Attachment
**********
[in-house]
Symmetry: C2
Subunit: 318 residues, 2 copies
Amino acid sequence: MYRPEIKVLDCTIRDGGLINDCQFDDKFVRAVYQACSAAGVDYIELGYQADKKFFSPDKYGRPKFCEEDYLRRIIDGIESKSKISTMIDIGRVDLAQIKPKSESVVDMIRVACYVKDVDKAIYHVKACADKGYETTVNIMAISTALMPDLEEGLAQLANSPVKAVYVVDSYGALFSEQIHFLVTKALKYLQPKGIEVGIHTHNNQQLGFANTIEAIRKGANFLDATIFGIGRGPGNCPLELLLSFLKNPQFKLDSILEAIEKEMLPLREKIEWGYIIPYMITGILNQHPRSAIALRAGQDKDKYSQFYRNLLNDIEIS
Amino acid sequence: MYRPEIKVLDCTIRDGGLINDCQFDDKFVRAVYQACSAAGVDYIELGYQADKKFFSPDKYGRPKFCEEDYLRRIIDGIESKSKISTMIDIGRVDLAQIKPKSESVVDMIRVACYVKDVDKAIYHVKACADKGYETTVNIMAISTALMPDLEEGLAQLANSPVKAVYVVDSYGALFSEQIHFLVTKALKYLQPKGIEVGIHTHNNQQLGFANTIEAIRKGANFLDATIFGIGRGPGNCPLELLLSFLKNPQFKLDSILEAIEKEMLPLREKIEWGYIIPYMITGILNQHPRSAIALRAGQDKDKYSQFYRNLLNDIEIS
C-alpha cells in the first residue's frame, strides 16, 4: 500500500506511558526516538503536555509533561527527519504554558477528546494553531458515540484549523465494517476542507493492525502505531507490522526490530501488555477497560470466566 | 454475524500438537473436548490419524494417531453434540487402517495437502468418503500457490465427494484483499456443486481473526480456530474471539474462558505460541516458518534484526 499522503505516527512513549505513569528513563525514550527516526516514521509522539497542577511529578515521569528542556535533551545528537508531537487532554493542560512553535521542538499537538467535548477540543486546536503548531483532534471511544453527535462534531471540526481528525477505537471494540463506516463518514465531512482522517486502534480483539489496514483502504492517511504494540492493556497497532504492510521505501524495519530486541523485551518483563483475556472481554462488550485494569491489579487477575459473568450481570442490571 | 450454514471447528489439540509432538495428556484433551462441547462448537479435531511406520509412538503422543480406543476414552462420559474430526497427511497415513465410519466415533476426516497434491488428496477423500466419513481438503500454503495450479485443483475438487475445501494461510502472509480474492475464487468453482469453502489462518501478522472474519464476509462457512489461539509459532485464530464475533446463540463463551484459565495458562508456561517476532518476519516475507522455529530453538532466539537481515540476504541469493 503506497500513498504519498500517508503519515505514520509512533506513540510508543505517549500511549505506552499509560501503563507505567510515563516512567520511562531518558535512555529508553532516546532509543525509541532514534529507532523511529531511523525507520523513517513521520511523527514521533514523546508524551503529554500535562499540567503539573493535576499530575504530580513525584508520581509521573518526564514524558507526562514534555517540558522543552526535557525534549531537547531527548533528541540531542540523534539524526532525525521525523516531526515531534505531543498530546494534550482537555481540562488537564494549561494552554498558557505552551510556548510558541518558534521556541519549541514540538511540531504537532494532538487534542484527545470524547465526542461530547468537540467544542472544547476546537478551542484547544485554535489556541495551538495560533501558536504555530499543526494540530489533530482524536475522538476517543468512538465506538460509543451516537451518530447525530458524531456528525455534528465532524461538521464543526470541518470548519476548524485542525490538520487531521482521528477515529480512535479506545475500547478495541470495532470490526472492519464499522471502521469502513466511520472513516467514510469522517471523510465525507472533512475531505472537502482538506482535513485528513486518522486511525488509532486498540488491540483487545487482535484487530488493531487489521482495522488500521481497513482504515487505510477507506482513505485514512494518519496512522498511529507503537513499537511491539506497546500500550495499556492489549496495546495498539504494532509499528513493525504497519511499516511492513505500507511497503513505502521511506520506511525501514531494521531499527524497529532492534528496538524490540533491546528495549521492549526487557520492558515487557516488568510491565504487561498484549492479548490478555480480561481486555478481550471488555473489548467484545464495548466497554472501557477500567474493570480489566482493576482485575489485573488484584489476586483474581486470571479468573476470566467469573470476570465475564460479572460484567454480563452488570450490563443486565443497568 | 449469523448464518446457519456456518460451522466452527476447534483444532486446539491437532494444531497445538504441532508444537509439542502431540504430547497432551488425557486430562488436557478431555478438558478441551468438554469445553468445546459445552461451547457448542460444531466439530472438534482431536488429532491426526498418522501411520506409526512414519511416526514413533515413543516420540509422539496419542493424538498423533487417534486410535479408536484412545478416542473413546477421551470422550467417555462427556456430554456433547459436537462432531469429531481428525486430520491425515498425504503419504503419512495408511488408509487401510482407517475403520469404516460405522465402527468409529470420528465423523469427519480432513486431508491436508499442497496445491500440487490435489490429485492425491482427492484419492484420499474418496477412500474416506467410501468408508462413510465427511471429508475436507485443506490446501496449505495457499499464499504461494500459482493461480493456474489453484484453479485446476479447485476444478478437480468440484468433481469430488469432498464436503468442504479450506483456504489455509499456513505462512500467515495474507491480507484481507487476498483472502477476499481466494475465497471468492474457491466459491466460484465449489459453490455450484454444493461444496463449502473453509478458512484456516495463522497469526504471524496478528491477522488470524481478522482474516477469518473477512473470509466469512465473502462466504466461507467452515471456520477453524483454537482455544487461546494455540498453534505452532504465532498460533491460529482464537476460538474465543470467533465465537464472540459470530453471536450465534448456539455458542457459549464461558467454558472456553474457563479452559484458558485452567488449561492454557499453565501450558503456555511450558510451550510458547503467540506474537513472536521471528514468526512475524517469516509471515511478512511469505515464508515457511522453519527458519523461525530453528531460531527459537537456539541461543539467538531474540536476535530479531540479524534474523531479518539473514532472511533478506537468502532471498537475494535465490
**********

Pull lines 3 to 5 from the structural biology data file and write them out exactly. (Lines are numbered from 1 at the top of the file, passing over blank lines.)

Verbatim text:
Subunit: 318 residues, 2 copies
Amino acid sequence: MYRPEIKVLDCTIRDGGLINDCQFDDKFVRAVYQACSAAGVDYIELGYQADKKFFSPDKYGRPKFCEEDYLRRIIDGIESKSKISTMIDIGRVDLAQIKPKSESVVDMIRVACYVKDVDKAIYHVKACADKGYETTVNIMAISTALMPDLEEGLAQLANSPVKAVYVVDSYGALFSEQIHFLVTKALKYLQPKGIEVGIHTHNNQQLGFANTIEAIRKGANFLDATIFGIGRGPGNCPLELLLSFLKNPQFKLDSILEAIEKEMLPLREKIEWGYIIPYMITGILNQHPRSAIALRAGQDKDKYSQFYRNLLNDIEIS
Amino acid sequence: MYRPEIKVLDCTIRDGGLINDCQFDDKFVRAVYQACSAAGVDYIELGYQADKKFFSPDKYGRPKFCEEDYLRRIIDGIESKSKISTMIDIGRVDLAQIKPKSESVVDMIRVACYVKDVDKAIYHVKACADKGYETTVNIMAISTALMPDLEEGLAQLANSPVKAVYVVDSYGALFSEQIHFLVTKALKYLQPKGIEVGIHTHNNQQLGFANTIEAIRKGANFLDATIFGIGRGPGNCPLELLLSFLKNPQFKLDSILEAIEKEMLPLREKIEWGYIIPYMITGILNQHPRSAIALRAGQDKDKYSQFYRNLLNDIEIS